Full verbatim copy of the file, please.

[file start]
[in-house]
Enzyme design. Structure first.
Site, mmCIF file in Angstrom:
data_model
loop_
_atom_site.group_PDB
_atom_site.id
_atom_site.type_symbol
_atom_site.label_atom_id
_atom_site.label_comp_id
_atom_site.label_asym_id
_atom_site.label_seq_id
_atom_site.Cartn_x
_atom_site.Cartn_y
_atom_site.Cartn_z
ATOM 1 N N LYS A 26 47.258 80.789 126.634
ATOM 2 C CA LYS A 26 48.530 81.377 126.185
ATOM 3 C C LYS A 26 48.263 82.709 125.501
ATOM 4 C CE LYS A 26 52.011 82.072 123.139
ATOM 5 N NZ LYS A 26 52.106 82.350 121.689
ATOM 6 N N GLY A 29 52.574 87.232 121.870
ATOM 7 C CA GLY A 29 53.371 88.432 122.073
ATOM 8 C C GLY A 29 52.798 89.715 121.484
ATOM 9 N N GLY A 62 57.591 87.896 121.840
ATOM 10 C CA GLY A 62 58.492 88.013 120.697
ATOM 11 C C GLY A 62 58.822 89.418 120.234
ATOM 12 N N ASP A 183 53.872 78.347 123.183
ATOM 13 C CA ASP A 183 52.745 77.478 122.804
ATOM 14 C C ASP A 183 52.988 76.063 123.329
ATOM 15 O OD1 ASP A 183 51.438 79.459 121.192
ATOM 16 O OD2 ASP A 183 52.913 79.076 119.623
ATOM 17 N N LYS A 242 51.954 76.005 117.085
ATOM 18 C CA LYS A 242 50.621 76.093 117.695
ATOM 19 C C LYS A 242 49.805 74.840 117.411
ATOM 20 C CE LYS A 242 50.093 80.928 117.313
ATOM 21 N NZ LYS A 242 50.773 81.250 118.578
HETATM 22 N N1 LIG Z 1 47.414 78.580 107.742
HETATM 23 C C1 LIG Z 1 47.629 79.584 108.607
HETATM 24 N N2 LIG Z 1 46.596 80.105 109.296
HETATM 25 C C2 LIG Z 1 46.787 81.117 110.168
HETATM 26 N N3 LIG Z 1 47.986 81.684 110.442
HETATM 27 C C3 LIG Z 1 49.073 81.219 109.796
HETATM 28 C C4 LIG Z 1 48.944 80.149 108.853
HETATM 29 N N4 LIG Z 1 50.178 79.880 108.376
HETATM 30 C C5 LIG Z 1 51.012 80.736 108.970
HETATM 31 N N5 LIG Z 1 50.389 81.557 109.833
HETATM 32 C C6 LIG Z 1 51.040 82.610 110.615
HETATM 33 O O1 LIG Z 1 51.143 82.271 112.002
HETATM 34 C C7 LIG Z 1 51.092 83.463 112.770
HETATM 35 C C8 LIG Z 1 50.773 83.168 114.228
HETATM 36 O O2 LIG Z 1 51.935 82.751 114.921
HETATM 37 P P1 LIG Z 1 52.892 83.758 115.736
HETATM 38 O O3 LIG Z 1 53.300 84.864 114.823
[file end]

[in-house]
Enzyme design. Structure first.
Site, mmCIF file in Angstrom:
data_model
loop_
_atom_site.group_PDB
_atom_site.id
_atom_site.type_symbol
_atom_site.label_atom_id
_atom_site.label_comp_id
_atom_site.label_asym_id
_atom_site.label_seq_id
_atom_site.Cartn_x
_atom_site.Cartn_y
_atom_site.Cartn_z
ATOM 1 N N LYS A 26 47.258 80.789 126.634
ATOM 2 C CA LYS A 26 48.530 81.377 126.185
ATOM 3 C C LYS A 26 48.263 82.709 125.501
ATOM 4 C CE LYS A 26 52.011 82.072 123.139
ATOM 5 N NZ LYS A 26 52.106 82.350 121.689
ATOM 6 N N GLY A 29 52.574 87.232 121.870
ATOM 7 C CA GLY A 29 53.371 88.432 122.073
ATOM 8 C C GLY A 29 52.798 89.715 121.484
ATOM 9 N N GLY A 62 57.591 87.896 121.840
ATOM 10 C CA GLY A 62 58.492 88.013 120.697
ATOM 11 C C GLY A 62 58.822 89.418 120.234
ATOM 12 N N ASP A 183 53.872 78.347 123.183
ATOM 13 C CA ASP A 183 52.745 77.478 122.804
ATOM 14 C C ASP A 183 52.988 76.063 123.329
ATOM 15 O OD1 ASP A 183 51.438 79.459 121.192
ATOM 16 O OD2 ASP A 183 52.913 79.076 119.623
ATOM 17 N N LYS A 242 51.954 76.005 117.085
ATOM 18 C CA LYS A 242 50.621 76.093 117.695
ATOM 19 C C LYS A 242 49.805 74.840 117.411
ATOM 20 C CE LYS A 242 50.093 80.928 117.313
ATOM 21 N NZ LYS A 242 50.773 81.250 118.578
HETATM 22 N N1 LIG Z 1 47.414 78.580 107.742
HETATM 23 C C1 LIG Z 1 47.629 79.584 108.607
HETATM 24 N N2 LIG Z 1 46.596 80.105 109.296
HETATM 25 C C2 LIG Z 1 46.787 81.117 110.168
HETATM 26 N N3 LIG Z 1 47.986 81.684 110.442
HETATM 27 C C3 LIG Z 1 49.073 81.219 109.796
HETATM 28 C C4 LIG Z 1 48.944 80.149 108.853
HETATM 29 N N4 LIG Z 1 50.178 79.880 108.376
HETATM 30 C C5 LIG Z 1 51.012 80.736 108.970
HETATM 31 N N5 LIG Z 1 50.389 81.557 109.833
HETATM 32 C C6 LIG Z 1 51.040 82.610 110.615
HETATM 33 O O1 LIG Z 1 51.143 82.271 112.002
HETATM 34 C C7 LIG Z 1 51.092 83.463 112.770
HETATM 35 C C8 LIG Z 1 50.773 83.168 114.228
HETATM 36 O O2 LIG Z 1 51.935 82.751 114.921
HETATM 37 P P1 LIG Z 1 52.892 83.758 115.736
HETATM 38 O O3 LIG Z 1 53.300 84.864 114.823